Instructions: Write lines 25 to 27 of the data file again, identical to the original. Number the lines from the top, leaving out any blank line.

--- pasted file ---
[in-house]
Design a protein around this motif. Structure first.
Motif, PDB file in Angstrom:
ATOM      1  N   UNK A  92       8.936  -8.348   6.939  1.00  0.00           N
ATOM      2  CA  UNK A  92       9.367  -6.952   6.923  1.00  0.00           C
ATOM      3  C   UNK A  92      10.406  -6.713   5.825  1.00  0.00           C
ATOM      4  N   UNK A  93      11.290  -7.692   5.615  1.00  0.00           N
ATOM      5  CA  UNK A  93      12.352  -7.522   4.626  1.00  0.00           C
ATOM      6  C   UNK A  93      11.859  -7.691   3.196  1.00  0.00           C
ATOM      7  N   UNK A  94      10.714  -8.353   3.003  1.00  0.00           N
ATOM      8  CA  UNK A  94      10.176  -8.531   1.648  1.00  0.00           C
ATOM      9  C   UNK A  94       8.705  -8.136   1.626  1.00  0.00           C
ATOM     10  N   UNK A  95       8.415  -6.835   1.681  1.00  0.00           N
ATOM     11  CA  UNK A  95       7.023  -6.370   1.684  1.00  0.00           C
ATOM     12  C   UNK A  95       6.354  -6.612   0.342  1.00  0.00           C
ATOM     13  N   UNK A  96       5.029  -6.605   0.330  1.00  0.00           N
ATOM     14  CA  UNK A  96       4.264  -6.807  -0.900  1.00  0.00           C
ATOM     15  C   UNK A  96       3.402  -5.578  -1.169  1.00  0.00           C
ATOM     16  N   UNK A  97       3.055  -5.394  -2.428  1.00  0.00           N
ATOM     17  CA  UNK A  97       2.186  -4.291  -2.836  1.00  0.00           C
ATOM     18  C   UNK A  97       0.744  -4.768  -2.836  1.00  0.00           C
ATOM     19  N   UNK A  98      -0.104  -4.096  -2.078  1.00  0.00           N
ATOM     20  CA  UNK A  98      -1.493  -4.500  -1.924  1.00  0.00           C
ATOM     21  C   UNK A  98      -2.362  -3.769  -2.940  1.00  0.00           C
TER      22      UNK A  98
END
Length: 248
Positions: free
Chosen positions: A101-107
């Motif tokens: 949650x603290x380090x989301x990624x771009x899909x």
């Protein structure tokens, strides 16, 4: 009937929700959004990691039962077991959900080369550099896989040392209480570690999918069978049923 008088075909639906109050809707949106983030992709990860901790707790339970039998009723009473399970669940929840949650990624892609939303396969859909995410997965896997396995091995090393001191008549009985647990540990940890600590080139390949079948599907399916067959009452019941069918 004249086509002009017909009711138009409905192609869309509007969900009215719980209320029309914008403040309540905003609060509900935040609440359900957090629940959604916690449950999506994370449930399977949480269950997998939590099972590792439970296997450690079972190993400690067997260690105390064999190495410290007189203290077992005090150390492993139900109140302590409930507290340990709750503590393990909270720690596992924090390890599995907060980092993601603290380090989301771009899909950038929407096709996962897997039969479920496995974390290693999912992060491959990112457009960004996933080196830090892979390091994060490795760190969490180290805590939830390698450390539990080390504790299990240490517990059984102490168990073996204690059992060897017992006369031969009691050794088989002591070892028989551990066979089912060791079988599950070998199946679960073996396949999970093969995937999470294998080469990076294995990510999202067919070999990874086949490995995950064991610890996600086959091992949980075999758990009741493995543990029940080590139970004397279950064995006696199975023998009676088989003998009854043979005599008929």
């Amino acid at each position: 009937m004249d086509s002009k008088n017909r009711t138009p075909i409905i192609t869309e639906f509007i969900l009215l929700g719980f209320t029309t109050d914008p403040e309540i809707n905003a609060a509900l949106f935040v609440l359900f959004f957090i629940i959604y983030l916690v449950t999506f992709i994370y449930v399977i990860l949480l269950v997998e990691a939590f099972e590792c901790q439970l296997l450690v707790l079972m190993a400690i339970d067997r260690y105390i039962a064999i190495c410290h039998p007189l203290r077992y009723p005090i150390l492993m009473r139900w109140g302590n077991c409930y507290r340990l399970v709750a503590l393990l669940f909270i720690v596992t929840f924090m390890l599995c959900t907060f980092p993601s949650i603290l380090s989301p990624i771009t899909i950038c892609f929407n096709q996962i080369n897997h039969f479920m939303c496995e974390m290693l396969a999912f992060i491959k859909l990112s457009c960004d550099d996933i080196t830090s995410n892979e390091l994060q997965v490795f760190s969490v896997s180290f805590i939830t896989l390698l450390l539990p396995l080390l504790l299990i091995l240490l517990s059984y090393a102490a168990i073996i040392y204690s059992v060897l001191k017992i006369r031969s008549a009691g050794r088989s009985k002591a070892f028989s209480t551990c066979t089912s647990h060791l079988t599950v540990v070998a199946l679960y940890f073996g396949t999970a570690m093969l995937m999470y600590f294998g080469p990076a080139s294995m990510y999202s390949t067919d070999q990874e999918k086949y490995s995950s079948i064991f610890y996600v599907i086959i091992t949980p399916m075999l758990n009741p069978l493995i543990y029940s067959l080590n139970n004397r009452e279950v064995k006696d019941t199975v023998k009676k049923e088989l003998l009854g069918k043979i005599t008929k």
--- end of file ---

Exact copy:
TER      22      UNK A  98
END
Length: 248